Wales: Dentists face challenging environment
14 December 2021
In September, we launched a survey to once again check in on the mental health of dentists in Wales. Rather than showing any improvement in the reported mental health of respondents, this has once again revealed the high stress levels and difficult working conditions faced by dentists in Wales. Here we outline the challenges being faced and the likely long-term impacts.
Stress levels remain high
We asked Welsh dentists how stressful they had found the last six months working through the pandemic. Worryingly, almost half of you had found the last six months had been extremely stressful. Many described facing burnout.
A whopping 83.1% of respondents reported they had gone to work despite not feeling mentally well enough over the past six months. Almost half had done so for more than ten days.
Over a quarter of respondents were drinking more alcohol in the last six months, and the use of prescribed or over the counter drugs or natural substances that are mood enhancers had doubled since the last survey.
63.4% of respondents say they are sleeping badly or very badly. 70.6% tell us they are losing at least an hour of sleep per night over the last six months.
Difficult working conditions
Dentists also report that breaks have been more difficult to take. 13.7% of respondents were able to take breaks often in January 2021, while just 8% have been able to over the last six months. Lunch breaks have also decreased in the last six months, with only 50% often being able to take a half an hour lunch break.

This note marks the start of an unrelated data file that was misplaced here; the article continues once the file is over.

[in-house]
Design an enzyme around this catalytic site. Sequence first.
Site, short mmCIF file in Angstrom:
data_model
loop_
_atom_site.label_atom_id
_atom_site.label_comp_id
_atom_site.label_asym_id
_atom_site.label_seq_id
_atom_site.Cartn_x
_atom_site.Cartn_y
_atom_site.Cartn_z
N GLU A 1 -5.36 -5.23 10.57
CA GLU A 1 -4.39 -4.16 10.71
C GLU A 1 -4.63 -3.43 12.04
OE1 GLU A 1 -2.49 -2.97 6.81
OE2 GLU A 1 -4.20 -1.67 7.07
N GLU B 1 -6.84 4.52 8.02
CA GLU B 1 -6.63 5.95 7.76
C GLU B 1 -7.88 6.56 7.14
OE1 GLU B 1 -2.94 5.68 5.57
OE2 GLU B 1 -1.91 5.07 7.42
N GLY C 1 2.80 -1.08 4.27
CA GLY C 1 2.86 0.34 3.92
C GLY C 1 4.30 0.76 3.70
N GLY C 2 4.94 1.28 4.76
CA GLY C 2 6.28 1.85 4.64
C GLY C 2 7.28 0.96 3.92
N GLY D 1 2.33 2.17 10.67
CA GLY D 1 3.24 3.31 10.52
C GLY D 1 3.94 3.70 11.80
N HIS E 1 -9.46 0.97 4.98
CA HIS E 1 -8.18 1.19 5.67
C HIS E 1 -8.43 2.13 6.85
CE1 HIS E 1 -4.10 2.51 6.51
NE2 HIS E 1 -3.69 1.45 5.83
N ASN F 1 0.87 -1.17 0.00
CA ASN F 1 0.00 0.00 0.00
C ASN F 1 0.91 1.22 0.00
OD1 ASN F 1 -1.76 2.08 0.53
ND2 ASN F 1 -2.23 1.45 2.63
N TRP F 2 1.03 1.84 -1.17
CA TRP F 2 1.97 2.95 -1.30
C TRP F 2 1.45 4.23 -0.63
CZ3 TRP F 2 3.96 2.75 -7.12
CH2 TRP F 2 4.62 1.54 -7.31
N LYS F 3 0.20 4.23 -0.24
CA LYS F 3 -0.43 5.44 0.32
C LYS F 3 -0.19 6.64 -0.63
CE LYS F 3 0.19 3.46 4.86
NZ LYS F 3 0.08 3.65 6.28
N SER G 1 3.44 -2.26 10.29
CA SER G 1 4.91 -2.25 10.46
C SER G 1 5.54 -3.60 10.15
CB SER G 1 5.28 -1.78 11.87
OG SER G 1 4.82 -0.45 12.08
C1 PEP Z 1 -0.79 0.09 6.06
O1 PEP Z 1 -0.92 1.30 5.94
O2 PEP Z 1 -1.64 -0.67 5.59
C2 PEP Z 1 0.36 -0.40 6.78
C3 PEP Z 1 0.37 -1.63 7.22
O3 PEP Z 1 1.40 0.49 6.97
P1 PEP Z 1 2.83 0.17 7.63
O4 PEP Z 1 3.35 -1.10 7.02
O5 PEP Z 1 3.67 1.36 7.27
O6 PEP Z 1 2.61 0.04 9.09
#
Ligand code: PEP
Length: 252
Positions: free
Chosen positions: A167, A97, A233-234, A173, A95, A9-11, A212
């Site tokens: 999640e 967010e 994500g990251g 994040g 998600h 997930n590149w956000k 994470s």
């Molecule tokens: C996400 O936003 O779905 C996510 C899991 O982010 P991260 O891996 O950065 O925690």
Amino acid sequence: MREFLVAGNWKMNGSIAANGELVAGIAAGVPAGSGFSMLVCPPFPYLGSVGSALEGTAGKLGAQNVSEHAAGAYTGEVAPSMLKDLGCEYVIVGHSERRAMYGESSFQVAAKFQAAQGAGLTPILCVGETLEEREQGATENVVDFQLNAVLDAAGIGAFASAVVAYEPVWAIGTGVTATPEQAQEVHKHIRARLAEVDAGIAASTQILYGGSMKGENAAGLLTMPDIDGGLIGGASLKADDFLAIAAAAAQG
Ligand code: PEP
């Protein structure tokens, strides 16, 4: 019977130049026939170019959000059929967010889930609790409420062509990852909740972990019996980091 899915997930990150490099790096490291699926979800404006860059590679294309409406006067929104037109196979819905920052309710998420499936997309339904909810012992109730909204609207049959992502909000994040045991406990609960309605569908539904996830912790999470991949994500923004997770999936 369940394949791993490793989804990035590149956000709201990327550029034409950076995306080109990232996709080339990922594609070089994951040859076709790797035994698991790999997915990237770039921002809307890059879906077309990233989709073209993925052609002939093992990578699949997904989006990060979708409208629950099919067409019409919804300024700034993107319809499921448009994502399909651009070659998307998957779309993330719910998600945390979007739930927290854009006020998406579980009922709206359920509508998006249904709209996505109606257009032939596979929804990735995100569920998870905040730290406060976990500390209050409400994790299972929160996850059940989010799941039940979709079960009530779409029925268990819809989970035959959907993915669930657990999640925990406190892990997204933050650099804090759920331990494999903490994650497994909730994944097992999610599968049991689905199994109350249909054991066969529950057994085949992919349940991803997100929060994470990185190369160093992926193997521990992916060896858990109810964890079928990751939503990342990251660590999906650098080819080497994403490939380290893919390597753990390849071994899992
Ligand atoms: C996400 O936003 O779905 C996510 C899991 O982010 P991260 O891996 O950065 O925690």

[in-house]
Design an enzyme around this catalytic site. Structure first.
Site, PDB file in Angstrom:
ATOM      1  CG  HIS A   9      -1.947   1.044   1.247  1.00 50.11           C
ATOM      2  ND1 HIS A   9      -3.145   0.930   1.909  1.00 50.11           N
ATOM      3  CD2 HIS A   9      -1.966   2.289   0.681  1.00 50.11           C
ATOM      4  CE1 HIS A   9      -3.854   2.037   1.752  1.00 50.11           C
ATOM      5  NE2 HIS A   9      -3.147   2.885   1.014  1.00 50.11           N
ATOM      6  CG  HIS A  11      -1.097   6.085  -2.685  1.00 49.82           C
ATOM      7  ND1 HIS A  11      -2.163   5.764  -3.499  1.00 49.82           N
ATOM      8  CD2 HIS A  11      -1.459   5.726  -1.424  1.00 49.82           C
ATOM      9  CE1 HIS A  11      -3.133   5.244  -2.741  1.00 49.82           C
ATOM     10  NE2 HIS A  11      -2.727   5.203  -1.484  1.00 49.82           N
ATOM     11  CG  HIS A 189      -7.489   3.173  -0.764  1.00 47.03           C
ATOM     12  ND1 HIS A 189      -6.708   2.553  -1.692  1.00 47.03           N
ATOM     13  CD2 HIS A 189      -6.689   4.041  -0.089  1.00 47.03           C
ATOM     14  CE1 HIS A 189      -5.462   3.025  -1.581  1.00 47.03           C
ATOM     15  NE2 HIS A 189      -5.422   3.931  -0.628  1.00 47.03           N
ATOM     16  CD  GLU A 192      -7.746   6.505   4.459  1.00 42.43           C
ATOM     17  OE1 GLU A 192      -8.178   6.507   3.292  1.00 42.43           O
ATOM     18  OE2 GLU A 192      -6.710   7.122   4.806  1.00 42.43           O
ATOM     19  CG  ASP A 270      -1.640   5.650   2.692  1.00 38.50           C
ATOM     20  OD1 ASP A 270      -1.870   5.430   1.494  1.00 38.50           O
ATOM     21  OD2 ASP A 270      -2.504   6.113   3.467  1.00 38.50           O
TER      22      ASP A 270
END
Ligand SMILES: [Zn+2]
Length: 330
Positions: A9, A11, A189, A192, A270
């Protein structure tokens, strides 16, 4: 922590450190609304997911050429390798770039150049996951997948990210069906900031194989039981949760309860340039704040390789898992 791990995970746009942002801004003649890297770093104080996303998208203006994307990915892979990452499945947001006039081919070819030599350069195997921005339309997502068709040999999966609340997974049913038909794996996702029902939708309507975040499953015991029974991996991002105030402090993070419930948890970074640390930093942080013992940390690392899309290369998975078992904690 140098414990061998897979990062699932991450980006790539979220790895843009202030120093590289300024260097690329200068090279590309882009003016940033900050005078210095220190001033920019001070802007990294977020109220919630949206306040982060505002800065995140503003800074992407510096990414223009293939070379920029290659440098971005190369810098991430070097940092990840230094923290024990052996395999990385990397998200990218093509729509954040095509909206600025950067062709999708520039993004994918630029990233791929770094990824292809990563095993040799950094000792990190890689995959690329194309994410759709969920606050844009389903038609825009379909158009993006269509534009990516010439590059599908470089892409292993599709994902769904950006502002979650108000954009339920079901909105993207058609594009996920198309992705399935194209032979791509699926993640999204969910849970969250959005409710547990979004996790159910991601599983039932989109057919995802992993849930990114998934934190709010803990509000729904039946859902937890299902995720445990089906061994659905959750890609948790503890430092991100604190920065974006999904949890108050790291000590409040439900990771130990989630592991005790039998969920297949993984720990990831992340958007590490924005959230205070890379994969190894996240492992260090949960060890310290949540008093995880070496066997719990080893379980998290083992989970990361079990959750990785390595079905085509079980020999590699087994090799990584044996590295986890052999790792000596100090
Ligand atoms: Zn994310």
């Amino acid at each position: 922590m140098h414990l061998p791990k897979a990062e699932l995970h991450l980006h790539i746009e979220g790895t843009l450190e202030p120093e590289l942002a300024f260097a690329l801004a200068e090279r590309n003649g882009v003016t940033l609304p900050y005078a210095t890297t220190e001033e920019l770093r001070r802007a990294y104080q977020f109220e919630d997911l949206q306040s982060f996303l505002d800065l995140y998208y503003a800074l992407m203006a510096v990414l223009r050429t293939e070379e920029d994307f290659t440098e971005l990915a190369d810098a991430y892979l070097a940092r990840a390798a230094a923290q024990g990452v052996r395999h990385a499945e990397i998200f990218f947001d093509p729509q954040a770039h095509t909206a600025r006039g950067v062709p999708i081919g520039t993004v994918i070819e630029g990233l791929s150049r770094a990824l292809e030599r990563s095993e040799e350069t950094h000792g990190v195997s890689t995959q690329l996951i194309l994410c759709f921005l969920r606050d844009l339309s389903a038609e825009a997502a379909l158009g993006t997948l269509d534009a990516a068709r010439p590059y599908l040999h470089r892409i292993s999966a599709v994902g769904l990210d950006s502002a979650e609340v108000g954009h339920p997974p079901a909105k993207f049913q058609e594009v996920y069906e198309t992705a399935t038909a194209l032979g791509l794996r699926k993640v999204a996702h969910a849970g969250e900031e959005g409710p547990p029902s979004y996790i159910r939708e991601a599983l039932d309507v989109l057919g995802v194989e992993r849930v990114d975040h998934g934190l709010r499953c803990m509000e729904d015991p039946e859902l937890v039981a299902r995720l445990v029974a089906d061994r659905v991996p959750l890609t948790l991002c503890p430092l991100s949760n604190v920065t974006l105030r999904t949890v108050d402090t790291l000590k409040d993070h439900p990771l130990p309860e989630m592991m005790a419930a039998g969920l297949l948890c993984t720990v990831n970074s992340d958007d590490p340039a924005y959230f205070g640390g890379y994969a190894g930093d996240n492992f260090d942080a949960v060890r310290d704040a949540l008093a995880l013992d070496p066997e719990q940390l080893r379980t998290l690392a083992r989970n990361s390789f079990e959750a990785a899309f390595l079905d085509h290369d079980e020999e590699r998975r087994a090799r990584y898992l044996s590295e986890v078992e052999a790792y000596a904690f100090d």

Respondents were asked how they had found working in advanced PPE, particularly in the hot weather. The most commonly used words in responses include: terrible, uncomfortable, unbearable, horrible, tiring and exhausting.
Concerns for patient backlog remains high, with 75% very concerned. One respondent shared that they had never needed a waiting list before, now it is 300 patients long. Abuse from patients is a problem, with 82.1% of respondents stating they had experienced rude or abusive behaviour from patients in the last six months. Much of this abuse was aimed at staff or nurses.
It's difficult to know what impact the pandemic will have on the profession in the long term. However, some clear trends are emerging from your feedback.
The pandemic had led 70.5% of respondents of all ages to rethink their career in dentistry. Over half of respondents stated they were considering early retirement. Almost two thirds of respondents planned to reduce the proportion of NHS dentistry performed in the next three years.
This paints a highly concerning picture of dentists disillusioned with dentistry and particularly NHS dentistry.
Thank you to all who participated in this survey. We will present these findings to the Welsh Government's Dental Committee in early 2022, making a strong case for support to dentists and dentistry.